Income Tax for Expatriates Working In India
With Increasing globalization, human capital or in simple terms employable people, now get opportunities to work across countries and continents. India is no exception to this emerging trend.India is on a fast track of development and is a highly promising destination for various kinds of skilled workers and executives to work in India. As of now, there is a considerable chunk of foreign origin people who are employed in India. They broadly belong to three categories.
Foreign Expatriates working in foreign companies which have opened operations in India. The most striking examples are Multinational Automotive Companies like Volkswagen, Ford, Skoda, Hyundai, Proton, BMW and many more of them. In fact there are hundreds of such examples in many sectors like Automotives, Heavy Engineering, Technology Services, Consultancy Services, Prototype Design & Development (D&D) Services, Telecom Companies etc.
Foreign Expatriates who are working in Indian Corporates and Indian Companies.
Foreigners who are working in Consulates and Embassies. Essentially, these are covered under Diplomatic Services. Irrespective of their rank or in simple terms, the designation and the post they hold, they all come under the Diplomatic Category Cover.
Indian Income Tax Applicable to foreign expatriates in Category 1 and Category 2
In case of a foreign expatriate working in India, the remuneration received by him, assessable under the head ‘Salaries’, is deemed to be earned in India if it is payable to him for services rendered in India as provided in Section 9(1)(ii) of the Income Tax Act. The explanation to the aforesaid law clarifies that income in the nature of salaries – payable for services rendered in India shall be regarded as income earned in India. Further, from assessment year 2000-01 onwards income payable for the leave period which is preceded and succeeded by services rendered in India and forms part of the service contract shall also be regarded as income earned in India.
Thus, irrespective of the residential status of the expatriate employee, the amount received by him as salary, for services rendered in India shall be liable to tax in India being income accruing or arising in India, and also be subject to TDS regardless of the place where the salary is actually received.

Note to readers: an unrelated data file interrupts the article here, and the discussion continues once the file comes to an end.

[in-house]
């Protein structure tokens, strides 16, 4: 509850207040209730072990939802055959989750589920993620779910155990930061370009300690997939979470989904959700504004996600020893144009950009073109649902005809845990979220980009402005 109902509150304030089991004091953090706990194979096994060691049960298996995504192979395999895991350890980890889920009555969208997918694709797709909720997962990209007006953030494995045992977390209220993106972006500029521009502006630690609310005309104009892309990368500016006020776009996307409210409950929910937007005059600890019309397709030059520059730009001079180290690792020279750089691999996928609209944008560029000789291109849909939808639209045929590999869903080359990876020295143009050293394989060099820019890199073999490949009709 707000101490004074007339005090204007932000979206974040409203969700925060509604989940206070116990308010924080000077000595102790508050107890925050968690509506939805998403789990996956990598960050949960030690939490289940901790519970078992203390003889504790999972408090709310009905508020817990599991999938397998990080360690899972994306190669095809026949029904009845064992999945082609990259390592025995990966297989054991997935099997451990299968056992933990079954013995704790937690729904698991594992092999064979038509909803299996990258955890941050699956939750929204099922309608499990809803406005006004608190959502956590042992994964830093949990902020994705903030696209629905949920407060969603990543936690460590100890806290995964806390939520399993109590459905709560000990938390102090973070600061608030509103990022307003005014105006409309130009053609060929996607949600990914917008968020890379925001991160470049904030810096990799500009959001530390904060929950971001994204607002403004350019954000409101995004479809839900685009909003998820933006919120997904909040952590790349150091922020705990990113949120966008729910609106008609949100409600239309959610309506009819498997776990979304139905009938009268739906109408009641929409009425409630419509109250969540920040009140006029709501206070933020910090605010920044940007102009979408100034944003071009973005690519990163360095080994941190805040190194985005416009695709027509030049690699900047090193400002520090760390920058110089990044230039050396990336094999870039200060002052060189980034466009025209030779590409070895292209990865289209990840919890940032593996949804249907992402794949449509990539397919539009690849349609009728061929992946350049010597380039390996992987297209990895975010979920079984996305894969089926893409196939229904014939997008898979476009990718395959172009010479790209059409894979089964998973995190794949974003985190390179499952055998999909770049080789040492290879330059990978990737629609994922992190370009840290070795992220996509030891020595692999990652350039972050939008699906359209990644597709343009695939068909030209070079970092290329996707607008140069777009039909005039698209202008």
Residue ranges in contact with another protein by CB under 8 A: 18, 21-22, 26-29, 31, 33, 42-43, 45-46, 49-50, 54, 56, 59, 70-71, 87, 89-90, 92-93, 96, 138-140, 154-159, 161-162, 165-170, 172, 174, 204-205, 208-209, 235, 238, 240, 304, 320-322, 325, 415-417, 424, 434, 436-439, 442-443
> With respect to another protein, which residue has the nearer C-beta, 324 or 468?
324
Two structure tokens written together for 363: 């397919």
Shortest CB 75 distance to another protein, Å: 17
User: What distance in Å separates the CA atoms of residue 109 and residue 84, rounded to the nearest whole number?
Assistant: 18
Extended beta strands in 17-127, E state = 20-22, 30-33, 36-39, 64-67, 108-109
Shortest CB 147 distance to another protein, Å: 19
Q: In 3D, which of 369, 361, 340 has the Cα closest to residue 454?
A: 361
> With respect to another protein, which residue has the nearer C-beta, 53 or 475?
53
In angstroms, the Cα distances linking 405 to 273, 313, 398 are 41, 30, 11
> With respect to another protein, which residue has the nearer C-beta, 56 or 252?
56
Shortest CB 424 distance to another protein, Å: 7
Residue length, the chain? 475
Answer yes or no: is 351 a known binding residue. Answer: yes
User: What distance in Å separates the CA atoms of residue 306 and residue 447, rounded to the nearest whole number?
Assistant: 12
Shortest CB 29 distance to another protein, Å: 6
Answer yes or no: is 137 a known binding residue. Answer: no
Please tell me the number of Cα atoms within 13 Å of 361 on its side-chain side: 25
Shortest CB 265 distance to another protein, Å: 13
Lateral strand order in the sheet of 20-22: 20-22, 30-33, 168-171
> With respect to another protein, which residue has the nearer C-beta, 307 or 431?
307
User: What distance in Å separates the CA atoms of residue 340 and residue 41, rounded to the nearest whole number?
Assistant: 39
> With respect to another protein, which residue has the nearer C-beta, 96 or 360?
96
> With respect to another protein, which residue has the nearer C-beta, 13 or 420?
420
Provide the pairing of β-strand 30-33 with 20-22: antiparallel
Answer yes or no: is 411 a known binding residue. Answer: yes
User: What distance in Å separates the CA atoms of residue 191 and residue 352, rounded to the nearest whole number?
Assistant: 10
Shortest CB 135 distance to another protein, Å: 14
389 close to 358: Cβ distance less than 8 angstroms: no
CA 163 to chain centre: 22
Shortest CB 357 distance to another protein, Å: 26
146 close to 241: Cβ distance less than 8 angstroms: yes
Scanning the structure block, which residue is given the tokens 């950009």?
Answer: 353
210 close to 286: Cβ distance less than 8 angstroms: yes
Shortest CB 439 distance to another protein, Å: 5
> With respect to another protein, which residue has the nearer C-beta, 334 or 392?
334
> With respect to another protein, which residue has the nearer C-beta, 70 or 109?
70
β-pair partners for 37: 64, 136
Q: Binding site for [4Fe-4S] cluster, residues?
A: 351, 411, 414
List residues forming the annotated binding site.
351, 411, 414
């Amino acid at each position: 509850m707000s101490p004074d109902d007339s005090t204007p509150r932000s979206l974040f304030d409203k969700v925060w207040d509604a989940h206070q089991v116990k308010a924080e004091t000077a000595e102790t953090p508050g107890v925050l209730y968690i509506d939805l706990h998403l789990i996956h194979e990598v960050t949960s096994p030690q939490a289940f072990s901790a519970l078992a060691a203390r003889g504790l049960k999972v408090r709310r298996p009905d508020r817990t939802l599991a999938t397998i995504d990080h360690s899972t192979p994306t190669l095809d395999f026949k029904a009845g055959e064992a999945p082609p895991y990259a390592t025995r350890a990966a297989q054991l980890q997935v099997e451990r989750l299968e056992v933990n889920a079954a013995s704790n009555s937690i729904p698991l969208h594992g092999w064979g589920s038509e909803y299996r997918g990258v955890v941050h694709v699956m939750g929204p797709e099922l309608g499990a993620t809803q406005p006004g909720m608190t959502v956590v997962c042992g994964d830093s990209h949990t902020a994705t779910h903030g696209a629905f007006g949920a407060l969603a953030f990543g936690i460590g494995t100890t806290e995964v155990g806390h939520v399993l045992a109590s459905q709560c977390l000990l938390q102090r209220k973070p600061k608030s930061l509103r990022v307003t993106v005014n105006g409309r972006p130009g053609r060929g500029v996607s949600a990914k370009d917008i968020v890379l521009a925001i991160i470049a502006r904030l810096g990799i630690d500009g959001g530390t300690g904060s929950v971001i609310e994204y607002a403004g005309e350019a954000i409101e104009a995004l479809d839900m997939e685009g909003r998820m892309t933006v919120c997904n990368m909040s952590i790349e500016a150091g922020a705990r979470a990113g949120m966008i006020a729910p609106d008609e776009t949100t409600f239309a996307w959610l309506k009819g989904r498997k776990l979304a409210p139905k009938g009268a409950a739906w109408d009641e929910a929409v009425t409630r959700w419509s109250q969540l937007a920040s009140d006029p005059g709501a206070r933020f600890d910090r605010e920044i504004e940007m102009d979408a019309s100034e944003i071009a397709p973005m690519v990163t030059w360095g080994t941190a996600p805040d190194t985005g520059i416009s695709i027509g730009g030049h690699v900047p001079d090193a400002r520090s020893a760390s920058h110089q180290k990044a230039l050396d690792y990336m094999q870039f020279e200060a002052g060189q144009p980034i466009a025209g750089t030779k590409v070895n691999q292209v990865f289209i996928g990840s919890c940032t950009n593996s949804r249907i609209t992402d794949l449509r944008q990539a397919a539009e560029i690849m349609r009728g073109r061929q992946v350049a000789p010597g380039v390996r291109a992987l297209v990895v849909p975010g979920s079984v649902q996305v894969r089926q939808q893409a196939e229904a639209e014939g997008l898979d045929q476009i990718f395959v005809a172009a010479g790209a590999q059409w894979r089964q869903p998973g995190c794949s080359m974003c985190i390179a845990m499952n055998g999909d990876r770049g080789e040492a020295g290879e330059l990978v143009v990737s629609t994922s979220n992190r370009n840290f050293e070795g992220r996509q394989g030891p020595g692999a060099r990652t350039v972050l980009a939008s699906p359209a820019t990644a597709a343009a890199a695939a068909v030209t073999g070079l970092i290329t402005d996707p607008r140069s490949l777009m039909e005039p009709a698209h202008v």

Indian Income Tax Applicable in case of payment of salary in foreign currency
Where salary is payable in foreign currency, the amount of the tax deducted is to be calculated after converting the salary payable into Indian currency at the telegraphic transfer buying rate as adopted by State Bank of India on the date of deduction of tax (Rule 26) read with Section 192(6) of Indian Income Tax Act.
It may be noted that this rule is applicable only for determination of Income Tax in TDS. However, in computing the salary income, the rate of conversion to be applied is the telegraphic transfer buying rate on the last day of month in which the salary is due or is paid as per Rule 15 of Indian Income Tax Act.
Indian Income Tax Laws for Category 3
As per Section 10(6) (ii) of Indian Income Tax Act, The remuneration as officials or as members of the staff of Embassy, high commission, legation, commission, consulate or trade representatives of a foreign Country are fully exempt from Indian Income Tax. However for such members of staff to enjoy the said exemption, it is necessary that they are the subjects of such foreign Country and are not engaged in any other business or profession or employment in India. Remunerations as Trade Commissioner or other official representative is exempt from Indian Income Tax Laws on reciprocal basis i.e. only if their Indian counter-parts enjoy similar benefits in that country.
While discussing the above, it becomes necessary to mention about an agreement called DTAA whose full form is Double Taxation Avoidance Agreement. The Government of India acting under the authority of Income Tax Law (Sec. 90) has entered into DTAAs with more than 60 countries. Such treaties serve the purpose of providing protection to the Indian tax payers from double taxation. As per section 90(2), in relation to an assessee to whom any DTAA applies, the provisions of the Act shall apply only to the extent that they are more beneficial to the assessee. The provisions of these DTAAs thus prevail over and above the statutory provisions. However it must be said that this provision does not apply to any of the above mentioned three categories of foreign Expatriates. It is applicable for Indian Expatriates working abroad in certain specified categories of professions. This will be discussed in a separate article.